There’s little doubt those standards have driven Sunil Vohra to what is a unique position: an ethnically diverse CEO of a major sporting organisation, and that too in a sport that has traditionally struggled with diversity. While Vohra acknowledges it’s a “significant” appointment, he sees it as a natural extension of the work the sport is already doing to improve diversity in its ranks.

“Motorsport is working within communities that are vastly more diverse, and we need to reflect the community values of today,” says Vohra. “That extends to a welcoming and inclusive environment for people of all backgrounds, ethnicities, genders and sexual orientations. If you have an interest, love or passion for motorsport, you are welcome – and that has been my experience, too.”

Vohra points to initiatives such as the Formula 1 Pride Hub and Girls on Track, which he describes as “fundamental” to driving sustainable growth in the sport.

Girls on Track, Motorsport Australia
New initiatives (Source: Supplied)
With Guenther Steiner, former Team Principal at Haas F1 Racing Team (Source: Supplied)

Vohra also brings another unique perspective to his role, in that he is an administrator and a competitor. “I absolutely love racing,” he says. “It challenges you in ways you can’t find anywhere else, it requires all of your concentration because it’s actually a very technical, data-driven exercise to go fast. It’s not just bravado, or doing things to a high risk threshold. But the most important thing is the camaraderie and sense of community in amateur racing. I haven’t experienced anything in my professional or social life where that level of support and inclusion comes from a simple love of sport. It’s a unique experience and it’s utterly addictive.”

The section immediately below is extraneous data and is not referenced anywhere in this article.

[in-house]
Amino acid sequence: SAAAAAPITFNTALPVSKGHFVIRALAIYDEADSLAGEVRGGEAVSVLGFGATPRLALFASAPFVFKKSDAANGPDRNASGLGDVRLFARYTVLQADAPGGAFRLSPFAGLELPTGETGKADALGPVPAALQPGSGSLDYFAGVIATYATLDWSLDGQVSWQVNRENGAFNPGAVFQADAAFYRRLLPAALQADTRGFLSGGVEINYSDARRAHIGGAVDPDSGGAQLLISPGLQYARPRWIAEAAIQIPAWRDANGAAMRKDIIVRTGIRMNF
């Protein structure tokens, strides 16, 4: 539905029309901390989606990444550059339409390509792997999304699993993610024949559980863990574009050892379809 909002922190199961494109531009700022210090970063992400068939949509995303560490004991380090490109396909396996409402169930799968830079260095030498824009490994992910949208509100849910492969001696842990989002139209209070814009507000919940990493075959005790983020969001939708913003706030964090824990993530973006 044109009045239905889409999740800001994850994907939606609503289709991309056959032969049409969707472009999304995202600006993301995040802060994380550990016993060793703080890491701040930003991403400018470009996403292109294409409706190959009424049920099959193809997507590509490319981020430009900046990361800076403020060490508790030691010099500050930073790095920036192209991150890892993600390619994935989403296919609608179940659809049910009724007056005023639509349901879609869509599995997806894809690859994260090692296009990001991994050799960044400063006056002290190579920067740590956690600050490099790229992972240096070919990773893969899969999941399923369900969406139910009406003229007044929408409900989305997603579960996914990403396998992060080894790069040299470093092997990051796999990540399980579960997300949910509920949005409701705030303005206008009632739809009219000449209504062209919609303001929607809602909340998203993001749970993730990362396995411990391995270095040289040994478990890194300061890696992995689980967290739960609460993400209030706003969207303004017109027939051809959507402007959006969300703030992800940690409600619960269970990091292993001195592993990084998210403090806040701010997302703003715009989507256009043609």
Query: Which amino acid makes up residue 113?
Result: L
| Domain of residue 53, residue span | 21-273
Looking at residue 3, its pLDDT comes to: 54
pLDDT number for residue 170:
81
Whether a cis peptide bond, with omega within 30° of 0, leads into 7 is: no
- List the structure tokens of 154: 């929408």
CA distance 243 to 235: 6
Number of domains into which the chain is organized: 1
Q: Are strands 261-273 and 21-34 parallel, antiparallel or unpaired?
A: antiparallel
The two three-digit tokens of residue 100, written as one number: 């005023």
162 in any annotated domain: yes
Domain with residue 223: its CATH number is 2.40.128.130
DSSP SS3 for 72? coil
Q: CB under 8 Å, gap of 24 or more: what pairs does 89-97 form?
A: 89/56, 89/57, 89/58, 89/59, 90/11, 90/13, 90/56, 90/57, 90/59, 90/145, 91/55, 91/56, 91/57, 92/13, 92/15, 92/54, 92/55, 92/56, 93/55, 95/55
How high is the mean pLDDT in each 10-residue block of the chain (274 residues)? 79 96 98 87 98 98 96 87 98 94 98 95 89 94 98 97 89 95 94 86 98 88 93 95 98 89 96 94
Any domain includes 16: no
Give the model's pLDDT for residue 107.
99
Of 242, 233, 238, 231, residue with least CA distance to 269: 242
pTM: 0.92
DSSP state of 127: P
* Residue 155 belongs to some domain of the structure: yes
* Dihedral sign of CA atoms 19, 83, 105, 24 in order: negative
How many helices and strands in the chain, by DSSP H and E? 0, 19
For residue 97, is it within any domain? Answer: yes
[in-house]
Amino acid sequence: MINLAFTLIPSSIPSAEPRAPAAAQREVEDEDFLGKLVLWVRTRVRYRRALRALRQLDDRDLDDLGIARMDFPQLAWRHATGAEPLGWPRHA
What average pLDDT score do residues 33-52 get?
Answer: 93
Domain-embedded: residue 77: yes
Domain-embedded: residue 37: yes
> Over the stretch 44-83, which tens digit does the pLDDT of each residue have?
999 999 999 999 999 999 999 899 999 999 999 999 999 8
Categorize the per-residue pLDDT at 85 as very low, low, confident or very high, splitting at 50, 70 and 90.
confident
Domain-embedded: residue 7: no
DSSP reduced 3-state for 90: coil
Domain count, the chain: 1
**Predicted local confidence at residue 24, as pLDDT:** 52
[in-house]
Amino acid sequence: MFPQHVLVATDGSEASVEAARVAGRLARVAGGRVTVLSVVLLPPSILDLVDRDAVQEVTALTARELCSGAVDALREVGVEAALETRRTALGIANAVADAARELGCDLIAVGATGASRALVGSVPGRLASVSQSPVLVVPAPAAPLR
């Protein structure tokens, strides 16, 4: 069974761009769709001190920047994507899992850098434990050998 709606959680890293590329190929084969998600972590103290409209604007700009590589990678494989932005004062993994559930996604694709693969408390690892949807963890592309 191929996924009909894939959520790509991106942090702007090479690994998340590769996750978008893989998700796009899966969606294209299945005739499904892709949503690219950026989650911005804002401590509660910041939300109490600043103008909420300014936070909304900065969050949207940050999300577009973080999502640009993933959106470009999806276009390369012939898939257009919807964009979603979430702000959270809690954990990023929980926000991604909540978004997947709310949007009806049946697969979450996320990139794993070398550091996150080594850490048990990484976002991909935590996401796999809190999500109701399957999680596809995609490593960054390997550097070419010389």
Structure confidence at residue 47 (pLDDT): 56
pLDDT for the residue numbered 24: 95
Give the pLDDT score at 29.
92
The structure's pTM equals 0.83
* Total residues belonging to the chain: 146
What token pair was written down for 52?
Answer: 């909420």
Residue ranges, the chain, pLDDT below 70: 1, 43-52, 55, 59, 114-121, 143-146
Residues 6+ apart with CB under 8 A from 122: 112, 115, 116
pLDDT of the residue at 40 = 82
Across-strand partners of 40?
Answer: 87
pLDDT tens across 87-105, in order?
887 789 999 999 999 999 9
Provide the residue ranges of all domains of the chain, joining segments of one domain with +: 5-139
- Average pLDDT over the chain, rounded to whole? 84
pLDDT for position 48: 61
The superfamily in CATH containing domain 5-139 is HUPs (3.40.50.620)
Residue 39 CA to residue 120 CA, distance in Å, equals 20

It’s that experience which allows Sunil Vohra to see Motorsport Australia as a mere extension of the broader racing family. “As a not-for-profit organisation, we’re always trying to do more than we’re resourced to do, but we’re able to because of the enormous passion and commitment within the organisation. My role is to provide an environment where my very passionate and skilled team can do their very best work and to provide a financial structure that allows us to do that, as we continue to recover from COVID-19.”

Formila 1 racing
“What impresses me most in amateur racing is the sense of community.” (Source: Supplied)

Vohra hopes to leave a lasting legacy in the sport. “I certainly feel that my role is one of service to the sport, rather than being about my own individual ambitions. What I’d look to as a marker of success is that I leave the sport in much better health than I arrived – and that’s consistent with the values that I grew up with, and that my family continue to represent.”

For those chasing their dreams, Sunil Vohra’s advice is straightforward: “I’d encourage anyone who has a passion that is important to them to explore, nourish and encourage it, because it’s an amazing place to be when you realise that dream.”

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Ritam Mitra
Ritam Mitra
Ritam is an award-winning journalist and lawyer based in Sydney. Ritam writes on domestic and global politics, human rights and social justice, and sport.